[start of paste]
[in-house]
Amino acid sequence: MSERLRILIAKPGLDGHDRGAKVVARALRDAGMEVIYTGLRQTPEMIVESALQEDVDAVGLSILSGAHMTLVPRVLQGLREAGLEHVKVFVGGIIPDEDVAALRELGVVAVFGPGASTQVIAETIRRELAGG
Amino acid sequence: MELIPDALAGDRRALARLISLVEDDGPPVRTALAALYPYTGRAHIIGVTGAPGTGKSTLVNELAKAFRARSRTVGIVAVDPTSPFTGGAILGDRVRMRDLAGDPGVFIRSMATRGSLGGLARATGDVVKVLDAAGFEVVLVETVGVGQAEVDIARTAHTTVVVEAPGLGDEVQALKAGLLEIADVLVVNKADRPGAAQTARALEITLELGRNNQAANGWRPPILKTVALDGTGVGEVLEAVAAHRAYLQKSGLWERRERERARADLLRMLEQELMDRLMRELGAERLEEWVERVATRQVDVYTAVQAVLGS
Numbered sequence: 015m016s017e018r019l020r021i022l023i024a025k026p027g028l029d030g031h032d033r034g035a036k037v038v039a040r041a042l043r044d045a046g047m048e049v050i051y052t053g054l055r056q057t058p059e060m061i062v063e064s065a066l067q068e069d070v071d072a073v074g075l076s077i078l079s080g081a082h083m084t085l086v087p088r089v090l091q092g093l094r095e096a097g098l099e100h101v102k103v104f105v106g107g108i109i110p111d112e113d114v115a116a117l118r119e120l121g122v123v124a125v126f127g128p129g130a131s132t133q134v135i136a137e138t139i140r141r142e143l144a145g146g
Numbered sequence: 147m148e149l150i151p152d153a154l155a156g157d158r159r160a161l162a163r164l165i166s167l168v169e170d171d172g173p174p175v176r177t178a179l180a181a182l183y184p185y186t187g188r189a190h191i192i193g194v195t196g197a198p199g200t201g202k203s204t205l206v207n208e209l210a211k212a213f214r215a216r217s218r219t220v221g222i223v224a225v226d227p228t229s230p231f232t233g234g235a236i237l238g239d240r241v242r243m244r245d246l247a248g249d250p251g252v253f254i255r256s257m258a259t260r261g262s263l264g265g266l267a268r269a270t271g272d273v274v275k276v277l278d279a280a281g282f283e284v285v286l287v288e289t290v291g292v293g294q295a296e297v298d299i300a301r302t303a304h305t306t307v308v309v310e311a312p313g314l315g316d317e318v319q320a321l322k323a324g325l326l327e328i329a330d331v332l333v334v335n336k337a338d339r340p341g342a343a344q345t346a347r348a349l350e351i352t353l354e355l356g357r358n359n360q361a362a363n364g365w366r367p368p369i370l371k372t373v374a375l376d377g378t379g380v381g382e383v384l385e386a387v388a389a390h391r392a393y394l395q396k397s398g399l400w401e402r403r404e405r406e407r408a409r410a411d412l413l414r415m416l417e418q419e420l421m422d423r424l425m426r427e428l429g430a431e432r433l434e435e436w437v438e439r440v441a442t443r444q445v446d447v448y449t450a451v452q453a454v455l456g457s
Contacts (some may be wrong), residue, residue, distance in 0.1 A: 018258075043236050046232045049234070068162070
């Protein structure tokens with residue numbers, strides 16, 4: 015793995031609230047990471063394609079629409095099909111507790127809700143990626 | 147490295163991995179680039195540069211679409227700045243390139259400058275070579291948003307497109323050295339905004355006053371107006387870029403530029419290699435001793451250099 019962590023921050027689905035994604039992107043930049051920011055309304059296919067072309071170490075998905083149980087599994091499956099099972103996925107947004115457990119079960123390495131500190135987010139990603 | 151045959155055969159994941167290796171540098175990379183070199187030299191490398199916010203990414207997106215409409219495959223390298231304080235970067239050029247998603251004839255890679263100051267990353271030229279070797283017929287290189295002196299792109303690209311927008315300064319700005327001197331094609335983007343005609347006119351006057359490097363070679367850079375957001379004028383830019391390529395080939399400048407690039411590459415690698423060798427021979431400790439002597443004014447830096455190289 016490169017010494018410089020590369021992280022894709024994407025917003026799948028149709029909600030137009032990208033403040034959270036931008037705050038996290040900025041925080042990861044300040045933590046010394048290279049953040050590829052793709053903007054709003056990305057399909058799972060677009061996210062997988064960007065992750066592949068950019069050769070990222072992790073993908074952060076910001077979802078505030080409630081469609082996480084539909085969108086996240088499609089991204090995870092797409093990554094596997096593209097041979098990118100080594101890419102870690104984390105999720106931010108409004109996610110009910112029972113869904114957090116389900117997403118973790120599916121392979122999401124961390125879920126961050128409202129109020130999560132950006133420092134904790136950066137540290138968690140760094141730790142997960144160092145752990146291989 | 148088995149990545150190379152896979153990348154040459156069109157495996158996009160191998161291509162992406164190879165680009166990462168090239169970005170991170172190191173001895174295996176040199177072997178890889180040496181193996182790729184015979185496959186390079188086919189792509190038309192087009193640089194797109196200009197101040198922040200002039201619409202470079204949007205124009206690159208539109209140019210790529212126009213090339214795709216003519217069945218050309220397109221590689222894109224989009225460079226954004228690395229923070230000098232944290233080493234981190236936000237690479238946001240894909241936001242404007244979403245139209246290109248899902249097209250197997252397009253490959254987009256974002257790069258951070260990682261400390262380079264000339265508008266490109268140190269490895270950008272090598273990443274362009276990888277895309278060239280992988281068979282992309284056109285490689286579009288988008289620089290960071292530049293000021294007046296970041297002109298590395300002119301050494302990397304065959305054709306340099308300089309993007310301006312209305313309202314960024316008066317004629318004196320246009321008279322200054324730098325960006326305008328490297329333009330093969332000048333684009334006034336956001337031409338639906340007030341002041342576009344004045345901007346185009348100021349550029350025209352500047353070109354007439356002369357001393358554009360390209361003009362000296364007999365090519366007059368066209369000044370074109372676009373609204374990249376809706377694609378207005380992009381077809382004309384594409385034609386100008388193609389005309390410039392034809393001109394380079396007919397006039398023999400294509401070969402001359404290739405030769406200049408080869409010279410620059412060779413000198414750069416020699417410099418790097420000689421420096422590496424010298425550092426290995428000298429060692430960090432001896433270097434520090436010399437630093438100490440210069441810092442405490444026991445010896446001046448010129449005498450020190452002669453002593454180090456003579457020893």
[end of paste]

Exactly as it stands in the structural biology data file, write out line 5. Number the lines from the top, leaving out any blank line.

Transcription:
Numbered sequence: 147m148e149l150i151p152d153a154l155a156g157d158r159r160a161l162a163r164l165i166s167l168v169e170d171d172g173p174p175v176r177t178a179l180a181a182l183y184p185y186t187g188r189a190h191i192i193g194v195t196g197a198p199g200t201g202k203s204t205l206v207n208e209l210a211k212a213f214r215a216r217s218r219t220v221g222i223v224a225v226d227p228t229s230p231f232t233g234g235a236i237l238g239d240r241v242r243m244r245d246l247a248g249d250p251g252v253f254i255r256s257m258a259t260r261g262s263l264g265g266l267a268r269a270t271g272d273v274v275k276v277l278d279a280a281g282f283e284v285v286l287v288e289t290v291g292v293g294q295a296e297v298d299i300a301r302t303a304h305t306t307v308v309v310e311a312p313g314l315g316d317e318v319q320a321l322k323a324g325l326l327e328i329a330d331v332l333v334v335n336k337a338d339r340p341g342a343a344q345t346a347r348a349l350e351i352t353l354e355l356g357r358n359n360q361a362a363n364g365w366r367p368p369i370l371k372t373v374a375l376d377g378t379g380v381g382e383v384l385e386a387v388a389a390h391r392a393y394l395q396k397s398g399l400w401e402r403r404e405r406e407r408a409r410a411d412l413l414r415m416l417e418q419e420l421m422d423r424l425m426r427e428l429g430a431e432r433l434e435e436w437v438e439r440v441a442t443r444q445v446d447v448y449t450a451v452q453a454v455l456g457s